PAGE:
Often farriers come across problems that are difficult to answer. We gave several Hall Of Fame farriers an assortment of these questions to answer in our latest edition of Getting Started, a free guide given to shoeing school graduates and other new farriers. In one, Pacific Coast Horseshoeing School's Bob Smith address what you do when a client says that a horse was fine, but after you shod it, the horse came up lame. How should a farrier address this problem?
"First, remain professional on the phone and in person," says Smith. "Make an appointment as soon as possible to evaluate the horse. Listen and make eye contact with the client as she explains the problem as she sees it, without interrupting. Remember that the horse may be a personal pet and emotions sometimes get in the way of logic."
Watch the horse move and evaluate the lameness, isolating it to a specific leg/foot. Check for a digital pulse. A normal horse at rest usually does not have a digital pulse. A strong digital pulse would be indicative of a foot problem. Use your hoof testers in an attempt to find the specific area of the foot that is the problem.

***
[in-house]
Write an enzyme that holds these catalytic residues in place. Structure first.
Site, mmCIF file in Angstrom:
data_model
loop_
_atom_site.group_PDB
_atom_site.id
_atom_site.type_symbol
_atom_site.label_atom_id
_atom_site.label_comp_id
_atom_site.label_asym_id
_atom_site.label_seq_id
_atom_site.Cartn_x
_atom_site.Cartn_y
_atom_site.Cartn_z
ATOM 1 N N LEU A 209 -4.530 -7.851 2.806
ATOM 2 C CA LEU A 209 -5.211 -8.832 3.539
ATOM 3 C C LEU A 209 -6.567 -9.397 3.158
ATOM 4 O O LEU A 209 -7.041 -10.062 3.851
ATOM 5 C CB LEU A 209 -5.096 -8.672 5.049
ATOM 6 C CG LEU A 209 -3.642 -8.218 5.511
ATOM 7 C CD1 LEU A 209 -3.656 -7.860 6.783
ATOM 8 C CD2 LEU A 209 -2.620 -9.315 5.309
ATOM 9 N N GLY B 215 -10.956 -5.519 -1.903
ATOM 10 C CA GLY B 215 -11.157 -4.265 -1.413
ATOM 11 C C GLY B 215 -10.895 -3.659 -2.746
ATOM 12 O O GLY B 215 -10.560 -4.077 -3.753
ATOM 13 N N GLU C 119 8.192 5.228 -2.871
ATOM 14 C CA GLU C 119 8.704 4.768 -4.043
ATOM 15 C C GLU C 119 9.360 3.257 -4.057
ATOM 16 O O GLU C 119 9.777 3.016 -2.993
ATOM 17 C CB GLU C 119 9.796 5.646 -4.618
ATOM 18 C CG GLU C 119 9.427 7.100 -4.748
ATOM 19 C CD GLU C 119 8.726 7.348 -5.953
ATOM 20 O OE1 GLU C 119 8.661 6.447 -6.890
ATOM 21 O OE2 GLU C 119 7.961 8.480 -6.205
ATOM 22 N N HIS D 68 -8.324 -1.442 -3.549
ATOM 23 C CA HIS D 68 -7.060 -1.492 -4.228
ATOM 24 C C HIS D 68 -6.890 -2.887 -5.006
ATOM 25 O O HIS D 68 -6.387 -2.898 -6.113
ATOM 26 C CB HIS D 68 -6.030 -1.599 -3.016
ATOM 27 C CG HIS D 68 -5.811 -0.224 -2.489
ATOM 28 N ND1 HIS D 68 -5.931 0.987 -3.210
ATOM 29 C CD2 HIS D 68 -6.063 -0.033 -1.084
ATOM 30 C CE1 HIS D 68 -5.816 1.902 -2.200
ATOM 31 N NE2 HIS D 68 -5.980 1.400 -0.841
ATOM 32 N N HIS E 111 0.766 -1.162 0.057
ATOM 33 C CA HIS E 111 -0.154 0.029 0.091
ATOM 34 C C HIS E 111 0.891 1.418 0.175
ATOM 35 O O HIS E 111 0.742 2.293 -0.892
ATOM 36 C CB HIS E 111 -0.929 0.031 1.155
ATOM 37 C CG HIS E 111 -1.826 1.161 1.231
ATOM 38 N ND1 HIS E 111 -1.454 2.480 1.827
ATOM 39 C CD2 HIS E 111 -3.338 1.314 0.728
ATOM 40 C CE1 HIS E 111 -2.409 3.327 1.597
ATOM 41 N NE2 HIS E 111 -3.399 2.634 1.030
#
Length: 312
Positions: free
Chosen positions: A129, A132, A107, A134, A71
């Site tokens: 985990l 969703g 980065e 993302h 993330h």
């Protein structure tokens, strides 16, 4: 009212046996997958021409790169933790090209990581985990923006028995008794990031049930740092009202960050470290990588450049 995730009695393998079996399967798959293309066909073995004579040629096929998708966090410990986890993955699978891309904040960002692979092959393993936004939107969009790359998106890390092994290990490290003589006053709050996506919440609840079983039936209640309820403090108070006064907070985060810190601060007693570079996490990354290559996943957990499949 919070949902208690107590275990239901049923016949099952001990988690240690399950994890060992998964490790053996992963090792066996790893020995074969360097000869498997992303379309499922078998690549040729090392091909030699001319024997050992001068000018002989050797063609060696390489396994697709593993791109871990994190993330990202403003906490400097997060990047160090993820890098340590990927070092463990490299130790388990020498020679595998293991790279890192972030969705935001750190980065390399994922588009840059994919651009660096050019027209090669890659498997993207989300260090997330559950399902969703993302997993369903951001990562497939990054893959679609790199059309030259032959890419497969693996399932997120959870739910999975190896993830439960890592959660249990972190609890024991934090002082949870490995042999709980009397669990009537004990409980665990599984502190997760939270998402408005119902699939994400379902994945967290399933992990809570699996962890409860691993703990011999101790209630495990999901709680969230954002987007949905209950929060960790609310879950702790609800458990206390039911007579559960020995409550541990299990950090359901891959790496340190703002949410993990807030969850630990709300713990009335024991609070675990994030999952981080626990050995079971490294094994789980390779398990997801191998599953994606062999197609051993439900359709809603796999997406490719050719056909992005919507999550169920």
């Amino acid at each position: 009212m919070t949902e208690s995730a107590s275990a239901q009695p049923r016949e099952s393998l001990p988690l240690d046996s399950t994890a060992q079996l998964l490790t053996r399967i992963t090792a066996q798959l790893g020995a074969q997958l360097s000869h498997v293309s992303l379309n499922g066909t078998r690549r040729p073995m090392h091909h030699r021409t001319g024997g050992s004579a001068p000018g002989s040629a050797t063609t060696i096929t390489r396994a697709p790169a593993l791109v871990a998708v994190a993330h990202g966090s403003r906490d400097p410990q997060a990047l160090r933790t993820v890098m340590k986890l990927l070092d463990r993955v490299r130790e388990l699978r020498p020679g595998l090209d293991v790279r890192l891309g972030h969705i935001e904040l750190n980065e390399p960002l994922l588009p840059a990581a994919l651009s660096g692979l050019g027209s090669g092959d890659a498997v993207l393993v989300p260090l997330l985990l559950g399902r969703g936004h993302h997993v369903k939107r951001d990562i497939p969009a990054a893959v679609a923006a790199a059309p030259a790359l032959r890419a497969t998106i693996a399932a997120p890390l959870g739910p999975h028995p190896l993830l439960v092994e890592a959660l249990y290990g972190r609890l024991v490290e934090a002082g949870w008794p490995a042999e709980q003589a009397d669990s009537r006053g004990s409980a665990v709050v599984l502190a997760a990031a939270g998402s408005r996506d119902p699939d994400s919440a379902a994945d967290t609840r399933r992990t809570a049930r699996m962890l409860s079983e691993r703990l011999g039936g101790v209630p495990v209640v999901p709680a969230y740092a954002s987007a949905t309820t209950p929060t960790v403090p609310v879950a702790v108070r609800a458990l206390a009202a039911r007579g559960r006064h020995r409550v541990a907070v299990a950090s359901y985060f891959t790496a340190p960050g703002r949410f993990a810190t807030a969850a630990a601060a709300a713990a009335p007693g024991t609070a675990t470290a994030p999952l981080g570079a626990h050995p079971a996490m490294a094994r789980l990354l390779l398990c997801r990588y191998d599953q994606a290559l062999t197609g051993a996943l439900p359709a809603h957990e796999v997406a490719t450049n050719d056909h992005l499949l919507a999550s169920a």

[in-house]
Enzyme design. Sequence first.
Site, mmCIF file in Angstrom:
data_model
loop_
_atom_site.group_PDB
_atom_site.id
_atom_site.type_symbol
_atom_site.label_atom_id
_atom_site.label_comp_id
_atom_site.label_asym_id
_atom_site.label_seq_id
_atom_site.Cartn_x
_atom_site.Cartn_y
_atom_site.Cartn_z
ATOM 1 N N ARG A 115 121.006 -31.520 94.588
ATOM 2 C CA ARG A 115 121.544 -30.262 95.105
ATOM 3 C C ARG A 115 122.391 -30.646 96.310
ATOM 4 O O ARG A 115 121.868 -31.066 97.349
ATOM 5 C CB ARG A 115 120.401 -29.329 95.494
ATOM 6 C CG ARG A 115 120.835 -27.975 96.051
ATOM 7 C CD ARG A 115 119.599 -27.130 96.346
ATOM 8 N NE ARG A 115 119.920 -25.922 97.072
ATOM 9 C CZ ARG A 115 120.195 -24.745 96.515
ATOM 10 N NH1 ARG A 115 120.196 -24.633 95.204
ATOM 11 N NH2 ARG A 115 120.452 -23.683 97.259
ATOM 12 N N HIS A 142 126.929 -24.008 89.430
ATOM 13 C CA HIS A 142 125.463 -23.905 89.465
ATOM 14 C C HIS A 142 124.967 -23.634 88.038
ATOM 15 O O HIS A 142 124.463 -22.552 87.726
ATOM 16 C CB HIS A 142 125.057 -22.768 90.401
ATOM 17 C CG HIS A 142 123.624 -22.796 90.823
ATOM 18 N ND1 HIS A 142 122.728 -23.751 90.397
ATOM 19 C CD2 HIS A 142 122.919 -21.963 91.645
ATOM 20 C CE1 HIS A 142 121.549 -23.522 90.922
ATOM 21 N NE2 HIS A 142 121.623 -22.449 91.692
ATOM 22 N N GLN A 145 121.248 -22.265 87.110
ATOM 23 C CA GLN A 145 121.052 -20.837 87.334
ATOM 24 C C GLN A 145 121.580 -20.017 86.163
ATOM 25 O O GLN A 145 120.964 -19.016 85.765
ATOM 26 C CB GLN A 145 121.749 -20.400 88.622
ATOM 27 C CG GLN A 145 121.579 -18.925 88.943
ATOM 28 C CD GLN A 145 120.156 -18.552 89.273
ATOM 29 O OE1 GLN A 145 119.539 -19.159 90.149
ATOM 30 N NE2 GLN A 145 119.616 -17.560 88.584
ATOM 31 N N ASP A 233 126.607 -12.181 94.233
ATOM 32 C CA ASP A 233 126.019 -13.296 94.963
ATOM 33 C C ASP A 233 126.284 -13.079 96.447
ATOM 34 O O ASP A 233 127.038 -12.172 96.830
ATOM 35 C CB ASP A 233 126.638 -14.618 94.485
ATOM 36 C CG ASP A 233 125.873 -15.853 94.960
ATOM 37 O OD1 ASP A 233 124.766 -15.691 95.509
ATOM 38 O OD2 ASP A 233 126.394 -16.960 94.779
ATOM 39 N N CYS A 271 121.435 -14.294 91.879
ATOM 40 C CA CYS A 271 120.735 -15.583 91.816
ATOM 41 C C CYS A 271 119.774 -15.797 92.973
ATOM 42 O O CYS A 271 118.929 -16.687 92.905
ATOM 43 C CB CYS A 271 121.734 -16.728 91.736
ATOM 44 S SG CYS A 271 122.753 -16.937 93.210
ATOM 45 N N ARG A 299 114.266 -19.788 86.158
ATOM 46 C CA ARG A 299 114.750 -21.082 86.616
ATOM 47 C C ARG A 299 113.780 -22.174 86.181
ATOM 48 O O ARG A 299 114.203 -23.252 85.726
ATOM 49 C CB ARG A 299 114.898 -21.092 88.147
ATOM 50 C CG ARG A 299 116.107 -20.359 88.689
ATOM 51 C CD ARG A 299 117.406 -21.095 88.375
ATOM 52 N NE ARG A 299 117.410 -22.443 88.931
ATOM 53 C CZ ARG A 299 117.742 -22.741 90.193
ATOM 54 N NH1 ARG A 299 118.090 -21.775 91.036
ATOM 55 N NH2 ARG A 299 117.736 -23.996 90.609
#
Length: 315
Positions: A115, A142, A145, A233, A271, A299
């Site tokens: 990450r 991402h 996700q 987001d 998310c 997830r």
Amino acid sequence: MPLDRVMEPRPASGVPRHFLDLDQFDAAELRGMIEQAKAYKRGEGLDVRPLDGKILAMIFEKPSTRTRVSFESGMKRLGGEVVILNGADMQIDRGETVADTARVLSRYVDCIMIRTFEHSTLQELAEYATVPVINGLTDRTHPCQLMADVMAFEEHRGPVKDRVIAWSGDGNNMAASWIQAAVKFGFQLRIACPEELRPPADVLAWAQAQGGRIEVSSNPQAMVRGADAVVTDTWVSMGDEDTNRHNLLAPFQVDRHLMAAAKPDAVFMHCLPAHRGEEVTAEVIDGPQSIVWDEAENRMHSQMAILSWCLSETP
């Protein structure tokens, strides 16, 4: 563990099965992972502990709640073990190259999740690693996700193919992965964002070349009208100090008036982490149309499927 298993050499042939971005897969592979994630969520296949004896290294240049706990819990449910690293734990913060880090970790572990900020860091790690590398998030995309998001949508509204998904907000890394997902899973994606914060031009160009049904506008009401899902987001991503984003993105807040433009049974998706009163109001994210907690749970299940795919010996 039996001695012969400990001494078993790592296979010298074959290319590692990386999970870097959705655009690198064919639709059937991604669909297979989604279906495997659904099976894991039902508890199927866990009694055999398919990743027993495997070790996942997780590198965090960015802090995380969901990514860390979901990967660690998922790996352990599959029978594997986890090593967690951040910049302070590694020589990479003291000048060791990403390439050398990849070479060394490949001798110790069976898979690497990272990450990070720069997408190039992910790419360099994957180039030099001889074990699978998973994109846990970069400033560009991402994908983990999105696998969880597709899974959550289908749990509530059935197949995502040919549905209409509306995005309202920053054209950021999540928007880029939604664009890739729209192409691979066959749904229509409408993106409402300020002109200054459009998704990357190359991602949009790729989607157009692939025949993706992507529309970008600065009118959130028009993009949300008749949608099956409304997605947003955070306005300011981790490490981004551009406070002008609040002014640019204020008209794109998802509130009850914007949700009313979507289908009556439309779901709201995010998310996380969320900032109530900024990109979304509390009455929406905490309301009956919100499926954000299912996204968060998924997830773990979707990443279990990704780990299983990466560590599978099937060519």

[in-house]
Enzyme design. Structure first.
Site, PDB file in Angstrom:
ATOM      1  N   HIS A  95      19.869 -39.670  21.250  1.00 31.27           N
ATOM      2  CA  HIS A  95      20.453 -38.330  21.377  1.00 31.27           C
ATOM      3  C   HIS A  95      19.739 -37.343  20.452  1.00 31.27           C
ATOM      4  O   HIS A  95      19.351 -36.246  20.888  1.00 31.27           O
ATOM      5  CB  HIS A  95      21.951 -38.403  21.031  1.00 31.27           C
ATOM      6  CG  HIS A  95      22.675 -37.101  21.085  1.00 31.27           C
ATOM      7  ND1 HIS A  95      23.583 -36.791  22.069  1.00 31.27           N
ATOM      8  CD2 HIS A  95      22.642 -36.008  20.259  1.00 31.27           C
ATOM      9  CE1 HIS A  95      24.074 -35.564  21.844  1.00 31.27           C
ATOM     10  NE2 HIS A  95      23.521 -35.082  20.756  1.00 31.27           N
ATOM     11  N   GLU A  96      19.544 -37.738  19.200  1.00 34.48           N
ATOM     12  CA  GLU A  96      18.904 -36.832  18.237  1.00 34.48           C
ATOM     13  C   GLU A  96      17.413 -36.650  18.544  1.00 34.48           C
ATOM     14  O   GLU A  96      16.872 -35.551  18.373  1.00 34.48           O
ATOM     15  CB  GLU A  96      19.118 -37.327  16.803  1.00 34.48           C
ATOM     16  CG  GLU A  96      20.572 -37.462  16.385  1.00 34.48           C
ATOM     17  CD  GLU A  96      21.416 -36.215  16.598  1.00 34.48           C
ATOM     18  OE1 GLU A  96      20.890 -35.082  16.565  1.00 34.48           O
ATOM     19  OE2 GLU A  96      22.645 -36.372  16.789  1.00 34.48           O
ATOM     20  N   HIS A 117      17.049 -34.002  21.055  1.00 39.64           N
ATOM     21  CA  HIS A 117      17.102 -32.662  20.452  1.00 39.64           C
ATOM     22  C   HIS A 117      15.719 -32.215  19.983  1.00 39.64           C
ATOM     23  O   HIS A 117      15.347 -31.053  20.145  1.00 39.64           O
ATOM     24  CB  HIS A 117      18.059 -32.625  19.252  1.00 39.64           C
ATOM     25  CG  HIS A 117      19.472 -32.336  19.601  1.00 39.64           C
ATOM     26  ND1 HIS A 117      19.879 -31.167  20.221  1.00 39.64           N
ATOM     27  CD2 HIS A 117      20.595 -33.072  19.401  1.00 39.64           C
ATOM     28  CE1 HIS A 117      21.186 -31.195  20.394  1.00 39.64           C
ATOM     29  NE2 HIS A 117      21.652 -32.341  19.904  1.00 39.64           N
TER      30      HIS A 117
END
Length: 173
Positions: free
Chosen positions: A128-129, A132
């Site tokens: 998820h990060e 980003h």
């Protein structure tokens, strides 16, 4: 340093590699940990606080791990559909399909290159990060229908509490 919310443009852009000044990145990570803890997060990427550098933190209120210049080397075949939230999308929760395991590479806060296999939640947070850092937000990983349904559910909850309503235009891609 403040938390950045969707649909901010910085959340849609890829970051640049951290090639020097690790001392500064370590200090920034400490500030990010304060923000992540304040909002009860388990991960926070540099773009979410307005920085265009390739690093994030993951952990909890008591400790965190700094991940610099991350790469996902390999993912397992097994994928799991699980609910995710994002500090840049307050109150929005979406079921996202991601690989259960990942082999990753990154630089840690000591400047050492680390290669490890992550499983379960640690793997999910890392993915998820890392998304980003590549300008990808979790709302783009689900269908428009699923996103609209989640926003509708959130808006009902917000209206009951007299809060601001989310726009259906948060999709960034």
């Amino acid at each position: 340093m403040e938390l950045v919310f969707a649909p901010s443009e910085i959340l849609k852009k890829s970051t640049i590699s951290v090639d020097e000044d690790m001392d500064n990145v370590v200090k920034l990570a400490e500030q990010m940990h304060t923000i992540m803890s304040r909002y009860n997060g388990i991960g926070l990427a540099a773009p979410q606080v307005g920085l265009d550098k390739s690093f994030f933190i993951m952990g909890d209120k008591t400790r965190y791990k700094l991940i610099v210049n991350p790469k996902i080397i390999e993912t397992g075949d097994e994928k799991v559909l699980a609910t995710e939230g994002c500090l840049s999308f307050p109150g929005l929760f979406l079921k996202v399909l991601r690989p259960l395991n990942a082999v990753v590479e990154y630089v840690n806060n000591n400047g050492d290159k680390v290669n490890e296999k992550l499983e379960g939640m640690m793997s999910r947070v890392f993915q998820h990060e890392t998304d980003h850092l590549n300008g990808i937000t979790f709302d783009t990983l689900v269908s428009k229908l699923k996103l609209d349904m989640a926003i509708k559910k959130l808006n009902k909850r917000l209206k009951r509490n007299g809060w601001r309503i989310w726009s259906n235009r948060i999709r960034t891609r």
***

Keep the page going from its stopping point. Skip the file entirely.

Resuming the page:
Attempt to find the cause of the lameness. Remember that this is not a “blame game,” but an honest attempt on your part to help the horse and satisfy your client.
If the problem is of your making, such as a bad nail, resolve the problem by removing the nail, establishing drainage and/or put on a pad. Admit your mistake, take responsibility and let the client know that you are sincerely interested in “fixing” your mistake.
If the lameness isn’t in the foot or if the lameness is beyond your abilities, let the client know that they will need a veterinarian. Tell the client that you will be at the appointment to work with the vet to resolve the problem.
If your work caused the lameness, and the client insists that you pay the vet bill, do so. Learn from your mistake and move on. Speak privately with the vet about the bill. Most will give you a professional discount on their fees and allow you to make payments to satisfy the account.
"You will set yourself apart as a farrier that is willing to take responsibility for the work that you perform," he adds.